Court reinstates suspended WOTUS rule

A U.S. district court ruling has resurrected a contentious 2015 rule that would give the federal government broad regulatory control over virtually any waters and associated land.

A U.S. District Court in South Carolina has reinstated the controversial 2015 Waters of the United States rule that expanded EPA and Army Corps of Engineers jurisdiction under the Clean Water Act.

U.S. District Judge David Norton on Thursday ruled the Trump administration failed to comply with rulemaking requirements under the Administrative Procedure Act in suspending rule.

Norton ruled that while different administrations may implement different regulatory priorities, they must comply with procedural requirements. Specifically, the government provided no “reasoned analysis” for suspending the rule and no “meaningful opportunity” for public comment, Norton stated.

The judge enjoined the suspension rule nationwide. But two federal courts — one in North Dakota covering 13 states and one in Georgia covering 11 states — have blocked implementation in 24 states.

The rule now applies in 26 states, including Washington, Oregon and California.

The court’s decision is the result of a motion for summary judgment brought by 10 conservation groups represented by the Southern Environmental Law Center.

“We are thrilled the court rejected this administration’s blatant attempts to undermine safeguards that are critical to our nation’s welfare without being accountable to the American people,” Geoff Gisler, senior attorney with the law center, said in a statement.

Agricultural groups, however, see things differently.

The American Farm Bureau Federation calls the ruling “misguided” and maintains the WOTUS rule is overbroad, vague and illegal.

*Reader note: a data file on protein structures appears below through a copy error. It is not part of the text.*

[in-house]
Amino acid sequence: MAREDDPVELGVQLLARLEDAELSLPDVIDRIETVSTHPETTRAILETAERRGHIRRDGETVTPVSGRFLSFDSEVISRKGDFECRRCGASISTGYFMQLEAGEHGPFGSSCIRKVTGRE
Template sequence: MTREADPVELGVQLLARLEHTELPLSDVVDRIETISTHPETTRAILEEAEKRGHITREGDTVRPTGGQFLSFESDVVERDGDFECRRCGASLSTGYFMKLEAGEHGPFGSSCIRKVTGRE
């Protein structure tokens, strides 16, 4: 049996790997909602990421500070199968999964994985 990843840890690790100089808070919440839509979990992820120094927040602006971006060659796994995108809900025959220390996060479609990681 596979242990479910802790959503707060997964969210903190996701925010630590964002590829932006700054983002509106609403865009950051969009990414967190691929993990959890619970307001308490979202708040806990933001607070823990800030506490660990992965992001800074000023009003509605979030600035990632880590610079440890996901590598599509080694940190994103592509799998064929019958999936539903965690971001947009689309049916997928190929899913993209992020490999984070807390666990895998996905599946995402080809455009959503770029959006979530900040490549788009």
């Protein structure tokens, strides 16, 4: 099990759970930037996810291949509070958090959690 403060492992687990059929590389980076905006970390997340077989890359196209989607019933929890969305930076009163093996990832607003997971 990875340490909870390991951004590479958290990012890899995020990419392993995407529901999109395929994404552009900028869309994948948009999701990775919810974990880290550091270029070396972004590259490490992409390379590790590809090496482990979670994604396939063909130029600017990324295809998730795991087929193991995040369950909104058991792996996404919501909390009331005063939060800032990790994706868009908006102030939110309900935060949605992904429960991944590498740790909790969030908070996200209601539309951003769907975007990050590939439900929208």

“Today’s court ruling creates enormous regulatory uncertainty and risk for farmers, ranchers and others in the 26 states that are not already protected from the unlawful 2015 rule by previous court decisions,” Zippy Duvall, AFBF president, said in a statement on Thursday.

The court was wrong to invalidate the rule that had simply delayed the effective date of the WOTUS rule while the administration works to develop a new regulation to provide both clean water and clear rules, he said

While that work continues, AFBF is urging the administration to take action in court to limit the scope of the district court’s decision to South Carolina.

National Cattlemen’s Beef Association said the court’s ruling underscores the urgent need to finalize the repeal of the 2015 WOTUS rule.

“The South Carolina court has effectively brought WOTUS back from the dead in 26 states, creating a zombie version of the 2015 rule that threatens the rights of farmers and ranchers across the country,” Scott Yager, NCBA chief environmental counsel, said in a statement to the press.

Oregon Farm Bureau also issued a statement, saying EPA could now force farmers and ranchers to apply for a costly permit to do even the most basic work, such as plowing, planting and applying pesticides and fertilizers on dry fields.

They could also be hit with enormous fines and frivolous lawsuits, Mary Anne Cooper, OFB public policy counsel, said.

“The 2015 WOTUS rule goes far beyond congressional intent and the lawful bounds of the Clean Water Act as articulated by previous Supreme Court decisions,” she said.

OFB is urging the Trump administration to permanently repeal the rule as quickly as possible.

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